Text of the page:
Now use your jar lifter to put the jars back in your pressure canner and check the water level again. Add boiling water from the other pot to increase the water level if necessary, put the canner lid on, but leave the weight off or the valve open, depending upon the type of pressure canner you have. Turn the heat up and let the steam escape through the vent for 10 minutes. This purges the airspace inside the canner. After 10 minutes, put the weight on or close the valve and close any other openings, allowing the pressure to build to the recommended pressure for your type of canner and for the altitude where you live. If you cannot locate your canner manual, you can search for the manual online or even for the pressure recommendations for your type of canner, be it the weighted kind or dial-gauge.

Home Canned Peppers with Glass JarAfter processing for 35 minutes, turn the heat off and let the canner cool down naturally. A dial-gauge will show a zero pressure and you will usually hear the “click” as the safety release vents open. Wait another three minutes and then open the vent or remove the weight to allow the rest of the steam to escape. You do not want a steam burn, so as a final precaution, tip the lid of the canner away from you as you open it. Remove the jars using your jar lifter and place them on a rack, towel or a thick layer of newspapers to cool. I absolutely love the metallic “pop” as the jars seal. It just makes me smile. Some may even seal as you are removing them from the canner, but it can take as long as overnight. Make sure the jars are in a draft-free place and one where they will not be bumped or handled. The next day you can verify the seal. The middle of the lid should be slightly concave and when pressed should not give or pop. If the seal has not happened, the middle of the lid will be slightly convex and will “pop” up and down as you push on it. Once you’ve verified the seal, you can remove the screw-band, if you wish, label the jars with the contents and the date and place them in a cool, dry, dark place. The shelf life on home-canned goods is usually one year, though if you have them longer, just make sure to do the “check and sniff” test. This just means checking the seal and the color and sniffing the contents to make sure they smell okay.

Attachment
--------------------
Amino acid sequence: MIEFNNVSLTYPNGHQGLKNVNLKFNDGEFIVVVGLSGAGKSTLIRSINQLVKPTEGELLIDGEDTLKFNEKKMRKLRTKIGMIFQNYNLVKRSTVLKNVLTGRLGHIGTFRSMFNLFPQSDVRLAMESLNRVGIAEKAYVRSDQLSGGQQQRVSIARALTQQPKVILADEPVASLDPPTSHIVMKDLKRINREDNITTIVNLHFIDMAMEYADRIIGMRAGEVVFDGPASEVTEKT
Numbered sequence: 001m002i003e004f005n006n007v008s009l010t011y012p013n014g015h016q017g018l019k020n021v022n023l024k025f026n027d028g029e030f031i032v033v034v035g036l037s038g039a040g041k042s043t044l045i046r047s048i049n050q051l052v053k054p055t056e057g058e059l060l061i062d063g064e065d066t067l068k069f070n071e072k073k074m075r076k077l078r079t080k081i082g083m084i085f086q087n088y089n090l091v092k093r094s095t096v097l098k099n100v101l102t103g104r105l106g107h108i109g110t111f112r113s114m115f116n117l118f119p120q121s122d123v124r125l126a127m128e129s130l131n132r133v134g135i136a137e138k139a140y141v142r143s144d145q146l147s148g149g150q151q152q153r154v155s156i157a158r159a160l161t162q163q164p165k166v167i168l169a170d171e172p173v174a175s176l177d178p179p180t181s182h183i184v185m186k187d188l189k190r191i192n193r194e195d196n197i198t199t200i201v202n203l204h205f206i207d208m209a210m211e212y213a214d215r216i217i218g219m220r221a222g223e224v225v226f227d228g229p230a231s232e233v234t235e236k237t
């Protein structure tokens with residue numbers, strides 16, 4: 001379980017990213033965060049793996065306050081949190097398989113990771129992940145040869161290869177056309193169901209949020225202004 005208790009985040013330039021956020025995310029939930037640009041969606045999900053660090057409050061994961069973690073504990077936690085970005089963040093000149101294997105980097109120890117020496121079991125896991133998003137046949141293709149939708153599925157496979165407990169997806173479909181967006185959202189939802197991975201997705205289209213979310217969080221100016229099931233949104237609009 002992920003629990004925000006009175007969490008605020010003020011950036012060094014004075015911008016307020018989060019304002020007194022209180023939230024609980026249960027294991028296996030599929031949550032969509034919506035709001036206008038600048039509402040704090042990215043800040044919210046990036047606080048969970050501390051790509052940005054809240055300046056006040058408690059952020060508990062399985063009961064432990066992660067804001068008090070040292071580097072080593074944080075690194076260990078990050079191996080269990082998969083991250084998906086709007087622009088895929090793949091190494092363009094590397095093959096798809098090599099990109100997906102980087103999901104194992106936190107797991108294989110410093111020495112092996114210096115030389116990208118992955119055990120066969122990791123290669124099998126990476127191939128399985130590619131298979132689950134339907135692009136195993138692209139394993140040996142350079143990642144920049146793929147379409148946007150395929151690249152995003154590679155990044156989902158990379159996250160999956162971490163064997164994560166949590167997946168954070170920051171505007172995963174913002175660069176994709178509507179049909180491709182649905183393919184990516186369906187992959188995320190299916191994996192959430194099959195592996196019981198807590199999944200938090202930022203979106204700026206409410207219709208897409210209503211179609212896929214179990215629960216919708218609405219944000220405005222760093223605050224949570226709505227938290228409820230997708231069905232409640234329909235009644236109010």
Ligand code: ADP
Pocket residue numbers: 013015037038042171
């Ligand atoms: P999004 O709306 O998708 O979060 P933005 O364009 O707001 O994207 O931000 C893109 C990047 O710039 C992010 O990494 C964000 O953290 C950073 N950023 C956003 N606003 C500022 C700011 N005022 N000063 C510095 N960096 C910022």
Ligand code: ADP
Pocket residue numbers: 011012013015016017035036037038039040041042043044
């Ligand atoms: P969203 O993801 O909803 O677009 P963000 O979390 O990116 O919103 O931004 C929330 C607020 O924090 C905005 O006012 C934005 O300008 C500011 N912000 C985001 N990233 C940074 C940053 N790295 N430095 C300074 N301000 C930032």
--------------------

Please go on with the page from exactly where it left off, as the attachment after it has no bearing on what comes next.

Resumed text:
What is the Best Mosquito Repellent?

September 3rd, 2010

mosqitoThe answer is: A natural one.

The most commonly recognized and the most widely utilized commercial preparations all contain DEET, sometimes up to 100% concentration. While it is generally effective, its prolonged use can result in possible damage to brain cells. Studies have shown that DEET has caused brain cell death and resulting behavioral changes in laboratory rats. Neurons actually died in regions of the brain that control concentration, memory, learning and muscle movement and are wholly consistent with symptoms in soldiers and civilians following DEET use in the Persian Gulf War. Some of these symptoms are just starting to appear, creating no end of heartache and tribulations for our veterans and their families. Testing is still underway to determine if there is a safe concentration and what safety guidelines will guarantee the safe use of DEET, if any. You should use extreme caution when using DEET in any concentration and should definitely NOT combine the use of DEET with any other pesticide.